Yet, as the month wore on, I realized that I don’t need that kind of support. I don’t want the kind of support that is given out of pity or desperation. Yes, I do want actual, genuine support, but it doesn’t make me any less valuable as a woman if I don’t get the approval I desperately wish to have from those outside sources. I cannot control the behavior of others, nor should I want to. Furthermore, knowing where support lies with individuals in my life makes it easier for me to navigate who is trustworthy and caring. It helps me know where my safety zone is in regard to adoption issues.

Not everyone will love me, or love what I have to say. Not everyone is going to care about my past and how it has shaped me into the woman I am right now. Not everyone is going to take a genuine interest in supporting me. And that is okay.

Knowing that, and being okay with that? It really is a gift.

I learned that my friends are amazing.

My friends…I knew they were awesome before May began. They are awesome for so many different reasons. But this month, it put them in a different place, a whole new level of greatness. If I didn’t understand how brilliantly lucky I am to have such an incredible group of women in my life before, I do now. They respected my space when it needed to be respected. When I needed a friendly face, just to save me from my own darkness, they were there, sympathy, empathy and love abounding. If I went silent for a couple days, I would wake to text messages gently nudging me, letting me know they were worried but understood my silence.

When I would talk about The Kiddo this month, they listened. They actually really listened. They asked questions, they poured me wine, and we ate delicious food as we all opened up about our lives. We were driven closer together. I could tell in their small but kind ways that they truly cared about my heart, about my well-being, and wanted to make sure I was loved and supported during this month.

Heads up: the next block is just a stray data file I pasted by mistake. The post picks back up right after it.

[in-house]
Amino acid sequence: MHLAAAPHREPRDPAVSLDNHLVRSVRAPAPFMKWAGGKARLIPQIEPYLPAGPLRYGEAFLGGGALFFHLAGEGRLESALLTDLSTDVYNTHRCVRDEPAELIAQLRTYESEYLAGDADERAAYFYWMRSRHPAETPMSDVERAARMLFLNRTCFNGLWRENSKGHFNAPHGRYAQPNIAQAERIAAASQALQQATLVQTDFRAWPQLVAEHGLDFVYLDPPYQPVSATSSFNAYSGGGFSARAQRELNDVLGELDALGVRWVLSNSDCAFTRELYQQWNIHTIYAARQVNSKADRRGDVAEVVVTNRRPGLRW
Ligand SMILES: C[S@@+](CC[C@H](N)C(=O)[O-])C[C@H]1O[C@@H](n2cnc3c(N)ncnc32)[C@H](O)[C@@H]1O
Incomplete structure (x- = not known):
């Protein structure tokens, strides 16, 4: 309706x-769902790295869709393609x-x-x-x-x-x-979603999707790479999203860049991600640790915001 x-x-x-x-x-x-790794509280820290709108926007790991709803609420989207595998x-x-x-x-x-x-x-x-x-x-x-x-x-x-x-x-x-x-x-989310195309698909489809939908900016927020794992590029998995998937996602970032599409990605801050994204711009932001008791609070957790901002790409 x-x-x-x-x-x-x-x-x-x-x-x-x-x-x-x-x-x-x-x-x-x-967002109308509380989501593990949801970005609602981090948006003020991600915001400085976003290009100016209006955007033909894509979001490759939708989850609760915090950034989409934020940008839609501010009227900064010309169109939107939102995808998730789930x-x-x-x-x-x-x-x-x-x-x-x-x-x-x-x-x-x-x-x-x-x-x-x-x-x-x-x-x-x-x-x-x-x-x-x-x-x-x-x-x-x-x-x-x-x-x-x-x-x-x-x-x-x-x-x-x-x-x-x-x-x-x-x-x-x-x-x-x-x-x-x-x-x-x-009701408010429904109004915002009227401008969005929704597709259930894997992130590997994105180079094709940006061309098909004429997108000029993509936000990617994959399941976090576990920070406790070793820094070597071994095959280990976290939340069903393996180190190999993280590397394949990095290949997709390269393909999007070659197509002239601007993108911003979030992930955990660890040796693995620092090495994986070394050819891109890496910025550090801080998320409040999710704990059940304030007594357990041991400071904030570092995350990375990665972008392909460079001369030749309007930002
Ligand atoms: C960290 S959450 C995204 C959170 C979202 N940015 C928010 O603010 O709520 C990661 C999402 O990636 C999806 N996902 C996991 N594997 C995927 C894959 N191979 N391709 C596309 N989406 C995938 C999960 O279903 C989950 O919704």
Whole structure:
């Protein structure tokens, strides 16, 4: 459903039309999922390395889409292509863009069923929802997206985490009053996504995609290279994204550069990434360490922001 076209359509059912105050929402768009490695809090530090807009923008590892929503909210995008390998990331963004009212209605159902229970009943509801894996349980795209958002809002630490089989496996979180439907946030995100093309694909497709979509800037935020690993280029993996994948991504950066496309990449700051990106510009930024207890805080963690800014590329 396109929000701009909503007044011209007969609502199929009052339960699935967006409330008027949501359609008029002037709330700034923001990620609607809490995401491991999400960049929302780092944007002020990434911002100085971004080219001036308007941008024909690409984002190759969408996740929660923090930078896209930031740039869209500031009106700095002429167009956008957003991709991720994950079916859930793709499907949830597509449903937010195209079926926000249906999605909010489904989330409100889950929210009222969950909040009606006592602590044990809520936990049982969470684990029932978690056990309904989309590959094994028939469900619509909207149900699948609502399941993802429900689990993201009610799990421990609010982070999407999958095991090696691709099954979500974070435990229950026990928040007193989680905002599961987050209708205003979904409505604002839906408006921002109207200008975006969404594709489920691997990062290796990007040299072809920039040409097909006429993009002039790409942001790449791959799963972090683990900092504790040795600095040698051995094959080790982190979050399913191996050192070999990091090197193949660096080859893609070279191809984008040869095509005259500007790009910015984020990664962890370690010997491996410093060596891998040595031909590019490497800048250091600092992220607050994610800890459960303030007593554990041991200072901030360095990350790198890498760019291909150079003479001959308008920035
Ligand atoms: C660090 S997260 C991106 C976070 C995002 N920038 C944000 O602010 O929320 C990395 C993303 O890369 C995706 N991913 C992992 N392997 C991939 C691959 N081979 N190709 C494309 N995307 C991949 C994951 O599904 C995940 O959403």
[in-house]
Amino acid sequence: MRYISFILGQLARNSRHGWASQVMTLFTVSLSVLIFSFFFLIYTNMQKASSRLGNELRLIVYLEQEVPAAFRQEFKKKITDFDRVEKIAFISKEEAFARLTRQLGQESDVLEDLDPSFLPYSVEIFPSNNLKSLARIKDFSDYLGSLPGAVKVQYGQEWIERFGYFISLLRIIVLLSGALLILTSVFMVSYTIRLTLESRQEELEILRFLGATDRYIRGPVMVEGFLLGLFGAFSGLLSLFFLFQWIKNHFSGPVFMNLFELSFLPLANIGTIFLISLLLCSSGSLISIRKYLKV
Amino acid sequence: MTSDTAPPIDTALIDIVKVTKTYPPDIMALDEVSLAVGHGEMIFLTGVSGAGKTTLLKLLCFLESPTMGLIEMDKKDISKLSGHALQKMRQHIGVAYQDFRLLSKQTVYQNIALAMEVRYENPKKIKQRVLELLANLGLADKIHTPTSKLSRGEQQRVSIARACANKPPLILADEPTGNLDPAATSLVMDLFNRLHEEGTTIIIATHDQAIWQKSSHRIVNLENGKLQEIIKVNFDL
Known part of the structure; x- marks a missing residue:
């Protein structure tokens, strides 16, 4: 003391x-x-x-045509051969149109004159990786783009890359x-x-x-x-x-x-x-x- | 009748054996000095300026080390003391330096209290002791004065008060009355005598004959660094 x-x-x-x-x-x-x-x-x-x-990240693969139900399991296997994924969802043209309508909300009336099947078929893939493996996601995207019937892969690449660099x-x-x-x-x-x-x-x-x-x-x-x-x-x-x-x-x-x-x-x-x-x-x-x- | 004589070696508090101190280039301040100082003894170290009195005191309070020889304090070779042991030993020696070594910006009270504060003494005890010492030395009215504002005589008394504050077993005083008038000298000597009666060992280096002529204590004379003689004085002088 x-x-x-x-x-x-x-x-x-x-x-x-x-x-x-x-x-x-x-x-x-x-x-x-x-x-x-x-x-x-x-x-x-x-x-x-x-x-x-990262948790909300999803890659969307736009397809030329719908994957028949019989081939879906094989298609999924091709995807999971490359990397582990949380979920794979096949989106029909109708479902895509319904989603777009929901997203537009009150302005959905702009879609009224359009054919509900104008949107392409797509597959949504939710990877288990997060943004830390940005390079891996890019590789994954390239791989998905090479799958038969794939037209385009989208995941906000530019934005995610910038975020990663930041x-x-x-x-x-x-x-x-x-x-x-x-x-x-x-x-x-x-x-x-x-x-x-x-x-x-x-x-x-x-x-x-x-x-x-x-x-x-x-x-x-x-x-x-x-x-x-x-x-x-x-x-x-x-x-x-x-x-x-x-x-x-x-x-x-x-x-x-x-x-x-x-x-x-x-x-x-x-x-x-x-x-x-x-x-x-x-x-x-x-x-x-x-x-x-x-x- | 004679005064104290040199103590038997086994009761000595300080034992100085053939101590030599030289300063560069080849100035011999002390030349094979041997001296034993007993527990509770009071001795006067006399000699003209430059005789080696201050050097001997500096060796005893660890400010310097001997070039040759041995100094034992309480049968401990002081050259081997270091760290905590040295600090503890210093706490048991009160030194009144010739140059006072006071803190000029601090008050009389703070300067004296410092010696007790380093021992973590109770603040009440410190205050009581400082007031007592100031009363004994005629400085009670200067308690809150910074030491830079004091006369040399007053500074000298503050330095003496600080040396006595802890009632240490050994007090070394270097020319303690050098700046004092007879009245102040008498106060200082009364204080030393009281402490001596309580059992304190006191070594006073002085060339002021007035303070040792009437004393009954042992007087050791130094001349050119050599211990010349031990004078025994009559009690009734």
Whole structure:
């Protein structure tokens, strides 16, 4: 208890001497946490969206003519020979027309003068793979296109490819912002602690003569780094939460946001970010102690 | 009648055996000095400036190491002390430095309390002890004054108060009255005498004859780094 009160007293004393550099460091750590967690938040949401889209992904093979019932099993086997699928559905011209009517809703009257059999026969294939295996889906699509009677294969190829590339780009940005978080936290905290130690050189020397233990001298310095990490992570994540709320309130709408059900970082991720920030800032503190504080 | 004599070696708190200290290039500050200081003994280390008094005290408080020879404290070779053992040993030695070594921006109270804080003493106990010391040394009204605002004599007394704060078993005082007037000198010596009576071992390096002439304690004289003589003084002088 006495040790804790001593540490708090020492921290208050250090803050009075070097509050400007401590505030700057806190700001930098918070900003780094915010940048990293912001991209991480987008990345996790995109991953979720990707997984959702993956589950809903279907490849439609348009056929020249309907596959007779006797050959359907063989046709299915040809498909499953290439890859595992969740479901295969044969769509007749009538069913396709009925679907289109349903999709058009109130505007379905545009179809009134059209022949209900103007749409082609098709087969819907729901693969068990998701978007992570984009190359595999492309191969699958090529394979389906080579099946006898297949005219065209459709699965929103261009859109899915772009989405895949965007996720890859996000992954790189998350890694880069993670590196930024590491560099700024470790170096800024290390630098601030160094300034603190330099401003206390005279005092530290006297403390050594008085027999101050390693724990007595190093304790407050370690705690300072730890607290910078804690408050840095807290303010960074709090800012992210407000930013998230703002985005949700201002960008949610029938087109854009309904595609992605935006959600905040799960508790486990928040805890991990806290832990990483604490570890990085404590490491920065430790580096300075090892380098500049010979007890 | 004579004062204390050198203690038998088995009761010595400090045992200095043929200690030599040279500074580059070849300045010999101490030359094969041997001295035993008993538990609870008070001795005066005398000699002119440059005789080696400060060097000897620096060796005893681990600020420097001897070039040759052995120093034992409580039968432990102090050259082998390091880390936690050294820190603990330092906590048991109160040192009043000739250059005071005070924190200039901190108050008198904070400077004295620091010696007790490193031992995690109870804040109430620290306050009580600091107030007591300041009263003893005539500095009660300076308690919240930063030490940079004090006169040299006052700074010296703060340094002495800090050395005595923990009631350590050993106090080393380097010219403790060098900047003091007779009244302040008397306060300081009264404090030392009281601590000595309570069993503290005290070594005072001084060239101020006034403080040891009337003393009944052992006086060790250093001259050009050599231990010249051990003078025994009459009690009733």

Of course, I’d feel terrible if I didn’t mention the women I have found through social media and blogging. This world, this intimate adoption world, where we all come from different walks, with incredibly varying experiences, is small. Yet, when it comes to support, and love, it’s huge. I have learned much from those I have connected with online, and have gained much from the relationships that have blossomed. These are some of the most thoughtful, beautiful, intelligent women I know, and I truly feel incredibly honored to be in their lives, if even in such a minute way.

These women, these fabulous women I know, are the friends I will have for a lifetime. If I didn’t recognize that before May, I do now. Every woman should be blessed to have a group of friends like I do, really.